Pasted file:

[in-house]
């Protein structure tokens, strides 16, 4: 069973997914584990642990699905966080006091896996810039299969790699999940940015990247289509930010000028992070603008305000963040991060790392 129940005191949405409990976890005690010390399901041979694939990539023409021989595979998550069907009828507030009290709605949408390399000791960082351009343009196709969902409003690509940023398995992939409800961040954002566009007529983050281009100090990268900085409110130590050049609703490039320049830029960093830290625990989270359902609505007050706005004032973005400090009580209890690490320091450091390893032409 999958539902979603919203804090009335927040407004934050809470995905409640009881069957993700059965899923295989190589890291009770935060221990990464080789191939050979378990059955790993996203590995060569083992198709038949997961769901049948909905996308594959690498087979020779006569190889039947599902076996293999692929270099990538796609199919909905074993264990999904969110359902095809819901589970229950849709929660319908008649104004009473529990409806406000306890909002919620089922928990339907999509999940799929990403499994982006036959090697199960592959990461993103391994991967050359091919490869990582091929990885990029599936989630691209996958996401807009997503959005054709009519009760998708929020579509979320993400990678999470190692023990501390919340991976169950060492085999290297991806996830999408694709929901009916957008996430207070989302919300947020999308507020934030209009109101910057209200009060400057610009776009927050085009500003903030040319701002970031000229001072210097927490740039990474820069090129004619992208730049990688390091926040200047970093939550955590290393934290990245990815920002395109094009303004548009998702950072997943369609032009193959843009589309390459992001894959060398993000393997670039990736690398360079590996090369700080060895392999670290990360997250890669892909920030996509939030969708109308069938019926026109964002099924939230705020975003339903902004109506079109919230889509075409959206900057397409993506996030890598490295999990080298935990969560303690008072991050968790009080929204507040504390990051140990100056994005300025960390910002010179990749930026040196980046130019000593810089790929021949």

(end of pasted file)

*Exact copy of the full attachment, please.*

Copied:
[in-house]
């Protein structure tokens, strides 16, 4: 069973997914584990642990699905966080006091896996810039299969790699999940940015990247289509930010000028992070603008305000963040991060790392 129940005191949405409990976890005690010390399901041979694939990539023409021989595979998550069907009828507030009290709605949408390399000791960082351009343009196709969902409003690509940023398995992939409800961040954002566009007529983050281009100090990268900085409110130590050049609703490039320049830029960093830290625990989270359902609505007050706005004032973005400090009580209890690490320091450091390893032409 999958539902979603919203804090009335927040407004934050809470995905409640009881069957993700059965899923295989190589890291009770935060221990990464080789191939050979378990059955790993996203590995060569083992198709038949997961769901049948909905996308594959690498087979020779006569190889039947599902076996293999692929270099990538796609199919909905074993264990999904969110359902095809819901589970229950849709929660319908008649104004009473529990409806406000306890909002919620089922928990339907999509999940799929990403499994982006036959090697199960592959990461993103391994991967050359091919490869990582091929990885990029599936989630691209996958996401807009997503959005054709009519009760998708929020579509979320993400990678999470190692023990501390919340991976169950060492085999290297991806996830999408694709929901009916957008996430207070989302919300947020999308507020934030209009109101910057209200009060400057610009776009927050085009500003903030040319701002970031000229001072210097927490740039990474820069090129004619992208730049990688390091926040200047970093939550955590290393934290990245990815920002395109094009303004548009998702950072997943369609032009193959843009589309390459992001894959060398993000393997670039990736690398360079590996090369700080060895392999670290990360997250890669892909920030996509939030969708109308069938019926026109964002099924939230705020975003339903902004109506079109919230889509075409959206900057397409993506996030890598490295999990080298935990969560303690008072991050968790009080929204507040504390990051140990100056994005300025960390910002010179990749930026040196980046130019000593810089790929021949």